Dog senses woman’s breast cancer (BBC video, not April Fools)

Maureen noticed that her dog Max was behaving strangely. He was lethargic, not snuggling with her, and he kept poking his nose at her breast. (This is a real story, not an April Fool’s joke.)

She thought her dog was dying – he was 9 1/2 years old. But then one day she noticed a lump in her breast, didn’t think much of it, looked at the dog, he was glaring at her, and she decided to get it checked out. But a scan and mammogram came back negative. She had a biopsy done, and they found cancer.

After she got back from the cancer surgery, the dog was instantly back to his old self.

Max.

Max.

The BBC reports that “we now know that dogs like Max are smelling the tiny volatile chemicals given off by cancerous tumors.” Dogs have been trained to pick out cancer patients from their urine. And we know that dogs can smell when diabetics’ blood sugar is getting low, or when people with epilepsy are heading towards a seizure.

Some research suggests that, at least with some cancers, your breath may hold the clue.

One breath test was able to detect breast cancer with a 75% accuracy (this was down with a smelling machine, not an animal). In another, puppies were able to “distinguish between breath samples of lung- and breast-cancer patients and healthy subjects.” In fact, National Geographic says the dogs were able to detect the lung and breast cancers with a whopping 88% to 97% accuracy.

Dogs have also been able to “detect skin-cancer melanomas by sniffing skin lesions.”

I keep seeing different figures, but the National Geographic story says that a dog’s sense of smell is 10,000 to 100,000 better than our own.  I know my dog Sasha has a pretty good sense of smell, but it’s not anything like the beagles in the neighborhood.  Those dogs are insane with their noses.  Though Sasha still has gotten quite good at smelling when I have a small piece of dried dog treat sitting on a counter, which surprises me.  And I’m always amazed when meeting dogs in the park while walking Sasha, and the occasional dog goes right for my pants pocket where I keep the dry treats.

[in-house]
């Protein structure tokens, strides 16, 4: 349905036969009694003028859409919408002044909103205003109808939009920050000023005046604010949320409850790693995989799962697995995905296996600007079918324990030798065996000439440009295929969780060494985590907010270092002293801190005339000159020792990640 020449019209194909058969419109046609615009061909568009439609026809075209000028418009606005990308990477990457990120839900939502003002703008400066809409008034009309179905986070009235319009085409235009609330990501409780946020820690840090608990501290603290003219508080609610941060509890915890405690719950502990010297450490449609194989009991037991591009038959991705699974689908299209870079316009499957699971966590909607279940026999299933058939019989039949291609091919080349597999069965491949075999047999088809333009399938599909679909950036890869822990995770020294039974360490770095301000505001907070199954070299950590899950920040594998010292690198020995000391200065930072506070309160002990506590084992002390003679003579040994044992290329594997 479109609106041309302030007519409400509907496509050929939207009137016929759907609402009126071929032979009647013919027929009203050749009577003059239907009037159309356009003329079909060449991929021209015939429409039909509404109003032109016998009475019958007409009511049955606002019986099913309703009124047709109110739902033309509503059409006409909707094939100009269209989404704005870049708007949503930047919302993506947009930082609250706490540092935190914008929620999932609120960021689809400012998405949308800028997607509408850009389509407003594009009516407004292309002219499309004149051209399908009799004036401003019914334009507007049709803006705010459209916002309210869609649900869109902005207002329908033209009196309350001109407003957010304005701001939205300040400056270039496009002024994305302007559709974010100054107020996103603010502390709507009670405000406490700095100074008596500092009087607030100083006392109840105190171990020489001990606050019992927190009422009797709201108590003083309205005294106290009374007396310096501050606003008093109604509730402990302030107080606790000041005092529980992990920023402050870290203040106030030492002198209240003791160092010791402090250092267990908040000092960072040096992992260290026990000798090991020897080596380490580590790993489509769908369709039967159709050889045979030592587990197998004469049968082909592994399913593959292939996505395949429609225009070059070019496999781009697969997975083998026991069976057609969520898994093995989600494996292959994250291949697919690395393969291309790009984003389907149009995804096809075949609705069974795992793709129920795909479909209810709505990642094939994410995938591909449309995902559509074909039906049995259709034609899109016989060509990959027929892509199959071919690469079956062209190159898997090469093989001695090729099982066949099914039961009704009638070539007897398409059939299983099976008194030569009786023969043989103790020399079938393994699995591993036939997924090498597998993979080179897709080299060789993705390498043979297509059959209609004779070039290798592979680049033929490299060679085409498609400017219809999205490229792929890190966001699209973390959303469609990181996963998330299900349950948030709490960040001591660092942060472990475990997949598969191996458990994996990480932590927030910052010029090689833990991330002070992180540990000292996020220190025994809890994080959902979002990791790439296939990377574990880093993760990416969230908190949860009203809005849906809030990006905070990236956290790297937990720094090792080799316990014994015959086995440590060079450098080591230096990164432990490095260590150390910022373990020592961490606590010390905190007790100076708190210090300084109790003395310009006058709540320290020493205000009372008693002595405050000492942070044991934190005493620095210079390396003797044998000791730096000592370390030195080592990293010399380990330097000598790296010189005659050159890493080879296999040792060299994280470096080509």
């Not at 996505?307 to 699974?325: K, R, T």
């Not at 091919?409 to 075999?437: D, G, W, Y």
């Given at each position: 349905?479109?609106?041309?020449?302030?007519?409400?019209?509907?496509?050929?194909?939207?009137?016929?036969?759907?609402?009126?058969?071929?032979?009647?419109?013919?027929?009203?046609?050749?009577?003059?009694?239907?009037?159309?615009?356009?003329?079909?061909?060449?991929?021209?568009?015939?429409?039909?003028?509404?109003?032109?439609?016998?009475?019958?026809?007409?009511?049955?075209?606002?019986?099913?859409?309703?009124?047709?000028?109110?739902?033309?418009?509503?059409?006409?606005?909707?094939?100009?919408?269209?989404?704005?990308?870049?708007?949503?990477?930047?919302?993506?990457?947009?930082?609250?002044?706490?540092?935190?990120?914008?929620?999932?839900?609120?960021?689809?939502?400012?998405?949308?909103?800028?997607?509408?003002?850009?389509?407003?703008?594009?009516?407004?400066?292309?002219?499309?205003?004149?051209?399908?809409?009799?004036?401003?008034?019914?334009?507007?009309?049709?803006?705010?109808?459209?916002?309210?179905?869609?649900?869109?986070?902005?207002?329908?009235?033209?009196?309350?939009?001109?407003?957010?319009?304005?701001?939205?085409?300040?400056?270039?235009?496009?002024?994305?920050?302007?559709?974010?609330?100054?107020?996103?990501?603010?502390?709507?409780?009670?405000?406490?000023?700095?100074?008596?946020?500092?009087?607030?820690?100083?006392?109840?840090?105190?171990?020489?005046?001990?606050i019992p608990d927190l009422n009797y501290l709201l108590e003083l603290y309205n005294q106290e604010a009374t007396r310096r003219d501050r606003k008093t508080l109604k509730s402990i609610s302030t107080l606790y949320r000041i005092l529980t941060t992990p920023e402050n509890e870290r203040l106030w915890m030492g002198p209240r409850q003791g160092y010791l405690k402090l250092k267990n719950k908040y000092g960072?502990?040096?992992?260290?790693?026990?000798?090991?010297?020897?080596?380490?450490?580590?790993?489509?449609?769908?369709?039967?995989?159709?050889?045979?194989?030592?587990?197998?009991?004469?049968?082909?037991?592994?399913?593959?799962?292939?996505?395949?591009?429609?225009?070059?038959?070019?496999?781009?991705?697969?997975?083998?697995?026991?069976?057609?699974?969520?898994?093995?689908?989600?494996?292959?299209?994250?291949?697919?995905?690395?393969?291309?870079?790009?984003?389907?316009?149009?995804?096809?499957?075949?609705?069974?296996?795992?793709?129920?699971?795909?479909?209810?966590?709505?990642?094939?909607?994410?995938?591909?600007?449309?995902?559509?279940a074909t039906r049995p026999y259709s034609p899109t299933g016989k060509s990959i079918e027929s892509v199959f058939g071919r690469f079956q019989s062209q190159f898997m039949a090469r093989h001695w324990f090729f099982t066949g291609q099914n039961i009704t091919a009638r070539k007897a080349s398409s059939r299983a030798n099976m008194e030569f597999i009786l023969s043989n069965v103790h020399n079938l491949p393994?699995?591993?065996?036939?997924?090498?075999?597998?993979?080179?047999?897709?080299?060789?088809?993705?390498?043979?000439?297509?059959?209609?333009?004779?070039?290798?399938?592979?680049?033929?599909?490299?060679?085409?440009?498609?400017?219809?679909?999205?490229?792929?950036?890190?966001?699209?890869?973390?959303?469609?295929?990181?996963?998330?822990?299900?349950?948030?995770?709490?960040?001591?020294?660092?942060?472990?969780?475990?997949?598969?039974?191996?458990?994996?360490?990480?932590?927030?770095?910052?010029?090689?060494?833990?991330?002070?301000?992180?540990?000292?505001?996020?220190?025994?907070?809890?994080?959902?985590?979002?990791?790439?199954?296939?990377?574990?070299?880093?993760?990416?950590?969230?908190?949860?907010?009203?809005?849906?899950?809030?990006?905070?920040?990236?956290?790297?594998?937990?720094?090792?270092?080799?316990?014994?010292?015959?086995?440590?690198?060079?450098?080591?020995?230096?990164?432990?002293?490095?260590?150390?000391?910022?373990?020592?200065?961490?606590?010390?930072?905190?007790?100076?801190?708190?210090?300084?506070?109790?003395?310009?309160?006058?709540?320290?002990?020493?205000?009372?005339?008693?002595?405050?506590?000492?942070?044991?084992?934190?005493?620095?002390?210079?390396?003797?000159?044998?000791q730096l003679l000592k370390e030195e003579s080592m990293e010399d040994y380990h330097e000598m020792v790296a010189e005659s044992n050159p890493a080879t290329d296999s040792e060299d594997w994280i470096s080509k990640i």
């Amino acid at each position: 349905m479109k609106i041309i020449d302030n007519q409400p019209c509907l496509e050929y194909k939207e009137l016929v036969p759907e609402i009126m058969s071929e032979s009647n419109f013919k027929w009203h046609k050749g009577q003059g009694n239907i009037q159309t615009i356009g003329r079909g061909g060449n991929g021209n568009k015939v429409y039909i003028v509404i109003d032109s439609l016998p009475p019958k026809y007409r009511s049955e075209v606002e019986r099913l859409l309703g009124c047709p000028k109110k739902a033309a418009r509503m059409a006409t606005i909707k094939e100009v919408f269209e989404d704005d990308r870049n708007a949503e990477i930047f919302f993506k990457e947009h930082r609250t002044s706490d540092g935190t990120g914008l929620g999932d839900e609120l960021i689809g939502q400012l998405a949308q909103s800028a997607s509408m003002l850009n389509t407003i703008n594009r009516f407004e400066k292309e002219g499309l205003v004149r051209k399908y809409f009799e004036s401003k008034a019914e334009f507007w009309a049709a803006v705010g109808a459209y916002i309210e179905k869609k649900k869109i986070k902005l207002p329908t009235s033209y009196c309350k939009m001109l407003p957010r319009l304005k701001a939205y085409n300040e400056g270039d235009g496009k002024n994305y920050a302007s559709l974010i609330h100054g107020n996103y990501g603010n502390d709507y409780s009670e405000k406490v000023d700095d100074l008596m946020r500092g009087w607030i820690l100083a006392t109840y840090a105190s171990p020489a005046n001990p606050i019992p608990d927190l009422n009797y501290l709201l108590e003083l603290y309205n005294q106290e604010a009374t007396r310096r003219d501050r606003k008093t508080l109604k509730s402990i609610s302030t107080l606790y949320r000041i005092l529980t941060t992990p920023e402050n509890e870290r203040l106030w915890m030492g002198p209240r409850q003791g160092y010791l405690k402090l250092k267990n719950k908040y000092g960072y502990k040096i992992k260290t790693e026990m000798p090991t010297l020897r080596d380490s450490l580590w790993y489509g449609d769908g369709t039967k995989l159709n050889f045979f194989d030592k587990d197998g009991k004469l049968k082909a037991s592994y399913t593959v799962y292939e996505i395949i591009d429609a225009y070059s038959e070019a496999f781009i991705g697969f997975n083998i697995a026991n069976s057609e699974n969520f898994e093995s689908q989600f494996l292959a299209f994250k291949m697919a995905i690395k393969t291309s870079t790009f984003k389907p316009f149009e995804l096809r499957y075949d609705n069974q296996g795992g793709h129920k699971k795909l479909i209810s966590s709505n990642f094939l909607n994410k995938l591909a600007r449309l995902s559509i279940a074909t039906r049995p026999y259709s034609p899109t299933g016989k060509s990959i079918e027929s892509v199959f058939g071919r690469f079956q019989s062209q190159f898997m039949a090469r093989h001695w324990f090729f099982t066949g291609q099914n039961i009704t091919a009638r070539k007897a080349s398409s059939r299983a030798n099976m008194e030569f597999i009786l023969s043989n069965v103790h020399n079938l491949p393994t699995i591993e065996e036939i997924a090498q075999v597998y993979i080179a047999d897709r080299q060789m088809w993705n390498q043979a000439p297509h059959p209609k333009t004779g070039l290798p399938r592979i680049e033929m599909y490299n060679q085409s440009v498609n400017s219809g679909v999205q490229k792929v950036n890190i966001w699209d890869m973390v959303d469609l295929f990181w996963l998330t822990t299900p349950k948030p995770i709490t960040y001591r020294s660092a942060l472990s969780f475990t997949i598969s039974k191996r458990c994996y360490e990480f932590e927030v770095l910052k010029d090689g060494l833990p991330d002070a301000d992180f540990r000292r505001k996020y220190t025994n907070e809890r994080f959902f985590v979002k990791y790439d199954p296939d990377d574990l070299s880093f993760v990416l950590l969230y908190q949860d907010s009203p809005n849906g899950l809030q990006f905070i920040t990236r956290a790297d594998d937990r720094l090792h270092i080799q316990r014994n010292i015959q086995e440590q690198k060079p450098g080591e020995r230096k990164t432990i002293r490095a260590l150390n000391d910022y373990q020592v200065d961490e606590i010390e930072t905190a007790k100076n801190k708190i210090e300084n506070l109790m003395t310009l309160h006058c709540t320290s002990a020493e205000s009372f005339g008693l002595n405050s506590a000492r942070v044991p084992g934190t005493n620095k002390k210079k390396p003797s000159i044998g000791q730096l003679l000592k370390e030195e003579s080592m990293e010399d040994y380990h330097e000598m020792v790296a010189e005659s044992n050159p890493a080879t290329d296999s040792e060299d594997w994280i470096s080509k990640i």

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Follow me on Twitter: @aravosis | @americablog | @americabloggay | Facebook | Google+ | LinkedIn. John Aravosis is the editor of AMERICAblog, which he founded in 2004. He has a joint law degree (JD) and masters in Foreign Service from Georgetown (1989); and worked in the US Senate, World Bank, Children's Defense Fund, and as a stringer for the Economist. Frequent TV pundit: O'Reilly Factor, Hardball, World News Tonight, Nightline & Reliable Sources. Bio, .

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  • http://www.SFDogWalker.com/ SFDogWalker

    Interesting comment, Becca … however, the study mentioned does confirm that dogs are accurate in detecting cancer!

    Anyway, it is an amazing story, I also wrote about it. Upon looking more
    into cancer-sniffing ability, I found out that there are InSitu, a
    non-profit dedicated to training dogs for the purpose, as well as
    UPenn’s Dog Working Center. Plus, there are microchips and software
    being developed to sniff cancers and other diseases!

  • Thom Allen

    Is that Bohdi Dog’s comment? You’ll need to teach him to type words.

  • Indigo

    Detecting cancer by its smell is amazing in itself, probably not as an actual diagnosis but more along the lines of an unpleasant smell that should be checked out. Sometimes, it is cancer. On the other hand, a sensitive human can spot cancer readily enough once exposed to the smell on a person already diagnosed. It’s not an accurate sense but rather an awareness of an odor that isn’t quite right. If you’ve experience cancer in your family, you probably have a sense of it already. I have, repeatedly, and it’s pretty obvious in that subtle way the nose has, but regardless of biomedical diagnosis, it’s easy enough to spot that something wrong. In the case of cancer, very wrong.

  • http://www.rebeccamorn.com/mind BeccaM

    That is amazing, but something even more remarkable about dogs is how much they love pleasing humans. And it’s why even though dogs have an astounding capability for smelling all kinds of things — including explosives and drugs and whatnot — they nevertheless often end up being truly lousy drug- and bomb-sniffers. Because they soon start picking up their handlers’ cues and realize they’ll get their treat or praise when ‘finding’ what their masters want (even if it’s not there) and negative reinforcement when ‘failing’ to find it.

    Before long, most of the dogs simply start reacting whenever their handlers want them to. A variant on the old ‘Clever Hans’ scenario.

    Anyway, that’s why I’d be skeptical as to whether dogs could be trained to detect and report accurately on cancer or other diseases. Sure — a lot of ‘em could probably detect. But be relied upon to report it accurately? We humans as ever are the weakest link.

  • 2karmanot

    +++++++

  • zerosumgame0005

    Is there any reason not to love dogs?

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